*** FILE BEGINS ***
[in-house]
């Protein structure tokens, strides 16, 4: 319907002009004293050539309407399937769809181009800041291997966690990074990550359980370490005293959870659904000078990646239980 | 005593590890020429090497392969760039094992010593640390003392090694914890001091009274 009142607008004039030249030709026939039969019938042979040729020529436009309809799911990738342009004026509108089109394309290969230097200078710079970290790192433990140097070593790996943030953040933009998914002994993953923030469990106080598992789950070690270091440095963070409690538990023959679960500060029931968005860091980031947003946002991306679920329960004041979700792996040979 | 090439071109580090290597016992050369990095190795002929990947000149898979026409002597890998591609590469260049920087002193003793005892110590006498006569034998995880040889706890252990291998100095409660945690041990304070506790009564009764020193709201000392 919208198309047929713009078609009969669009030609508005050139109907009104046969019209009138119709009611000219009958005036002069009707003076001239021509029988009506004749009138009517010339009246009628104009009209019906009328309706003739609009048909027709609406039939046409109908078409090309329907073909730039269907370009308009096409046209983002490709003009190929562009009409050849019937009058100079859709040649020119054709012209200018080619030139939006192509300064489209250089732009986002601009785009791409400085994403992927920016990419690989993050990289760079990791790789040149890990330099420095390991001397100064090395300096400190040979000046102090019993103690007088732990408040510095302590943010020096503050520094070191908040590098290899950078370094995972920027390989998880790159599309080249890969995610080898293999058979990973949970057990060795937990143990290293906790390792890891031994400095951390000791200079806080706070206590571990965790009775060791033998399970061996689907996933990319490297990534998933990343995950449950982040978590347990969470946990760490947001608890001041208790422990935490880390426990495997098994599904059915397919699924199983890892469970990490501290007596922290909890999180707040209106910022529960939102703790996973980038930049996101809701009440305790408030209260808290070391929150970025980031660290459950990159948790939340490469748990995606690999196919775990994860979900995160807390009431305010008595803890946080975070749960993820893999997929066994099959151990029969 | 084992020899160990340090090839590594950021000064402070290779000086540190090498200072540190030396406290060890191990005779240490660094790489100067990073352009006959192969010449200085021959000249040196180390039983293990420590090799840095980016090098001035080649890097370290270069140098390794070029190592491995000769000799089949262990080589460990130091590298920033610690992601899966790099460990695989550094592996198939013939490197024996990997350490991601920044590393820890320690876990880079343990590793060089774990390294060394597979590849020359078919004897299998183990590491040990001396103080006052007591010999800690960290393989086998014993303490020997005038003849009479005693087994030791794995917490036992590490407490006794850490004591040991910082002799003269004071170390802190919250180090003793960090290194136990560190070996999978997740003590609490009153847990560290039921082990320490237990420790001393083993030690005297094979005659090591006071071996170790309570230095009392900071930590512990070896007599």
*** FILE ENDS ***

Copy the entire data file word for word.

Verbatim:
[in-house]
């Protein structure tokens, strides 16, 4: 319907002009004293050539309407399937769809181009800041291997966690990074990550359980370490005293959870659904000078990646239980 | 005593590890020429090497392969760039094992010593640390003392090694914890001091009274 009142607008004039030249030709026939039969019938042979040729020529436009309809799911990738342009004026509108089109394309290969230097200078710079970290790192433990140097070593790996943030953040933009998914002994993953923030469990106080598992789950070690270091440095963070409690538990023959679960500060029931968005860091980031947003946002991306679920329960004041979700792996040979 | 090439071109580090290597016992050369990095190795002929990947000149898979026409002597890998591609590469260049920087002193003793005892110590006498006569034998995880040889706890252990291998100095409660945690041990304070506790009564009764020193709201000392 919208198309047929713009078609009969669009030609508005050139109907009104046969019209009138119709009611000219009958005036002069009707003076001239021509029988009506004749009138009517010339009246009628104009009209019906009328309706003739609009048909027709609406039939046409109908078409090309329907073909730039269907370009308009096409046209983002490709003009190929562009009409050849019937009058100079859709040649020119054709012209200018080619030139939006192509300064489209250089732009986002601009785009791409400085994403992927920016990419690989993050990289760079990791790789040149890990330099420095390991001397100064090395300096400190040979000046102090019993103690007088732990408040510095302590943010020096503050520094070191908040590098290899950078370094995972920027390989998880790159599309080249890969995610080898293999058979990973949970057990060795937990143990290293906790390792890891031994400095951390000791200079806080706070206590571990965790009775060791033998399970061996689907996933990319490297990534998933990343995950449950982040978590347990969470946990760490947001608890001041208790422990935490880390426990495997098994599904059915397919699924199983890892469970990490501290007596922290909890999180707040209106910022529960939102703790996973980038930049996101809701009440305790408030209260808290070391929150970025980031660290459950990159948790939340490469748990995606690999196919775990994860979900995160807390009431305010008595803890946080975070749960993820893999997929066994099959151990029969 | 084992020899160990340090090839590594950021000064402070290779000086540190090498200072540190030396406290060890191990005779240490660094790489100067990073352009006959192969010449200085021959000249040196180390039983293990420590090799840095980016090098001035080649890097370290270069140098390794070029190592491995000769000799089949262990080589460990130091590298920033610690992601899966790099460990695989550094592996198939013939490197024996990997350490991601920044590393820890320690876990880079343990590793060089774990390294060394597979590849020359078919004897299998183990590491040990001396103080006052007591010999800690960290393989086998014993303490020997005038003849009479005693087994030791794995917490036992590490407490006794850490004591040991910082002799003269004071170390802190919250180090003793960090290194136990560190070996999978997740003590609490009153847990560290039921082990320490237990420790001393083993030690005297094979005659090591006071071996170790309570230095009392900071930590512990070896007599």